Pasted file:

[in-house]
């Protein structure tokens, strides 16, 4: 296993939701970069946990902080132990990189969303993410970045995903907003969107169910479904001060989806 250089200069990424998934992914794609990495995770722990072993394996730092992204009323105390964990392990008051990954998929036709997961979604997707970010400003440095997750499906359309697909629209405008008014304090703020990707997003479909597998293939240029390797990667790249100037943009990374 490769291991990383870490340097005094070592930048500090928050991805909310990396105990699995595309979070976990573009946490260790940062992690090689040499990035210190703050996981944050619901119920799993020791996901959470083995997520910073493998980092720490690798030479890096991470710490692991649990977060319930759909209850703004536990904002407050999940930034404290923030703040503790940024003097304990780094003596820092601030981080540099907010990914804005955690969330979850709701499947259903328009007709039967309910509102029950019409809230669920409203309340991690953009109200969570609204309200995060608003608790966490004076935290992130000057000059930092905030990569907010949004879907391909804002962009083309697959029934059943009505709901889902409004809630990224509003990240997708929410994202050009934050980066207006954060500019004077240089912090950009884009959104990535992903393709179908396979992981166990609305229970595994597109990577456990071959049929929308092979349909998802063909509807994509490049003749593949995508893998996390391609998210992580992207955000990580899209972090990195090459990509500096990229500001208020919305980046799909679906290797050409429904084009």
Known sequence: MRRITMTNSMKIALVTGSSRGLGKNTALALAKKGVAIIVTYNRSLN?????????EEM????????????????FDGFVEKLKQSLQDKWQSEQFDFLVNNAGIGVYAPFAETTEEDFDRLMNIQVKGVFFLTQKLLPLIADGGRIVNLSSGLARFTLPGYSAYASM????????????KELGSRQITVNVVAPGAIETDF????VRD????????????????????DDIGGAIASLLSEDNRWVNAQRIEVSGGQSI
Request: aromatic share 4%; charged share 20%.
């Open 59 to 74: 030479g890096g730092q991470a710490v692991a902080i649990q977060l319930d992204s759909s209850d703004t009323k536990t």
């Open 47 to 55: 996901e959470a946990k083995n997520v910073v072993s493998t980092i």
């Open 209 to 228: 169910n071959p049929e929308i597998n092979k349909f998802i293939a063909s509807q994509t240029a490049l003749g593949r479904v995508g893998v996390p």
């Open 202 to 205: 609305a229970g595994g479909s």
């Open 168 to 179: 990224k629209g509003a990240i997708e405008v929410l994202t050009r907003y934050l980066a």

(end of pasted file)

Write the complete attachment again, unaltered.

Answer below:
[in-house]
């Protein structure tokens, strides 16, 4: 296993939701970069946990902080132990990189969303993410970045995903907003969107169910479904001060989806 250089200069990424998934992914794609990495995770722990072993394996730092992204009323105390964990392990008051990954998929036709997961979604997707970010400003440095997750499906359309697909629209405008008014304090703020990707997003479909597998293939240029390797990667790249100037943009990374 490769291991990383870490340097005094070592930048500090928050991805909310990396105990699995595309979070976990573009946490260790940062992690090689040499990035210190703050996981944050619901119920799993020791996901959470083995997520910073493998980092720490690798030479890096991470710490692991649990977060319930759909209850703004536990904002407050999940930034404290923030703040503790940024003097304990780094003596820092601030981080540099907010990914804005955690969330979850709701499947259903328009007709039967309910509102029950019409809230669920409203309340991690953009109200969570609204309200995060608003608790966490004076935290992130000057000059930092905030990569907010949004879907391909804002962009083309697959029934059943009505709901889902409004809630990224509003990240997708929410994202050009934050980066207006954060500019004077240089912090950009884009959104990535992903393709179908396979992981166990609305229970595994597109990577456990071959049929929308092979349909998802063909509807994509490049003749593949995508893998996390391609998210992580992207955000990580899209972090990195090459990509500096990229500001208020919305980046799909679906290797050409429904084009």
Known sequence: MRRITMTNSMKIALVTGSSRGLGKNTALALAKKGVAIIVTYNRSLN?????????EEM????????????????FDGFVEKLKQSLQDKWQSEQFDFLVNNAGIGVYAPFAETTEEDFDRLMNIQVKGVFFLTQKLLPLIADGGRIVNLSSGLARFTLPGYSAYASM????????????KELGSRQITVNVVAPGAIETDF????VRD????????????????????DDIGGAIASLLSEDNRWVNAQRIEVSGGQSI
Request: aromatic share 4%; charged share 20%.
């Open 59 to 74: 030479g890096g730092q991470a710490v692991a902080i649990q977060l319930d992204s759909s209850d703004t009323k536990t």
């Open 47 to 55: 996901e959470a946990k083995n997520v910073v072993s493998t980092i």
């Open 209 to 228: 169910n071959p049929e929308i597998n092979k349909f998802i293939a063909s509807q994509t240029a490049l003749g593949r479904v995508g893998v996390p």
């Open 202 to 205: 609305a229970g595994g479909s």
């Open 168 to 179: 990224k629209g509003a990240i997708e405008v929410l994202t050009r907003y934050l980066a």